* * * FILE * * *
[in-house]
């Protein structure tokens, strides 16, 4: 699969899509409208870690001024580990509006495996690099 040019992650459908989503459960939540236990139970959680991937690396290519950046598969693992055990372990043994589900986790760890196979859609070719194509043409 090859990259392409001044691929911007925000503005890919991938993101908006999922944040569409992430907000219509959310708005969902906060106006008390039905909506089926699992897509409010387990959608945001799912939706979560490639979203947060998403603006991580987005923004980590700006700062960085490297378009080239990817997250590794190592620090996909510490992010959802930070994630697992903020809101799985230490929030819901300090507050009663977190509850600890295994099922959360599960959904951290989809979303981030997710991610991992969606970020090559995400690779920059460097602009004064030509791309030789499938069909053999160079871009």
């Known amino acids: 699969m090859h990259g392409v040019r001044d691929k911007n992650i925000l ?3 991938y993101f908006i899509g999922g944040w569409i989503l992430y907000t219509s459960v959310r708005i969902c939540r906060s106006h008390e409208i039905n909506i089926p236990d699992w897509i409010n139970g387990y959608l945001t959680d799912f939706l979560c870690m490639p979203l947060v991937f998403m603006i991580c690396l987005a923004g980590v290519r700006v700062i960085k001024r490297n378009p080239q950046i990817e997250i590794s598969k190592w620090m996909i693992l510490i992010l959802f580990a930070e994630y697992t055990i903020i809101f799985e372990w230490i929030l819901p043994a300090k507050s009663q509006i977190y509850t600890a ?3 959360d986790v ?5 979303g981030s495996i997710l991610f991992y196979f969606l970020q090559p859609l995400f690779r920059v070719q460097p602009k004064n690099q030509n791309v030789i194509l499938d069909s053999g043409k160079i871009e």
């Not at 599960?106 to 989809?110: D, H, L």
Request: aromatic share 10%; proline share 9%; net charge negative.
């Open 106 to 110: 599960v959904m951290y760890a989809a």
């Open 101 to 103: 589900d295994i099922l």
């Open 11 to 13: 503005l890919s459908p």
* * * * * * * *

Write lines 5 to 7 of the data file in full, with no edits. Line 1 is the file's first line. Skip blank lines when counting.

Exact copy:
Request: aromatic share 10%; proline share 9%; net charge negative.
């Open 106 to 110: 599960v959904m951290y760890a989809a």
């Open 101 to 103: 589900d295994i099922l």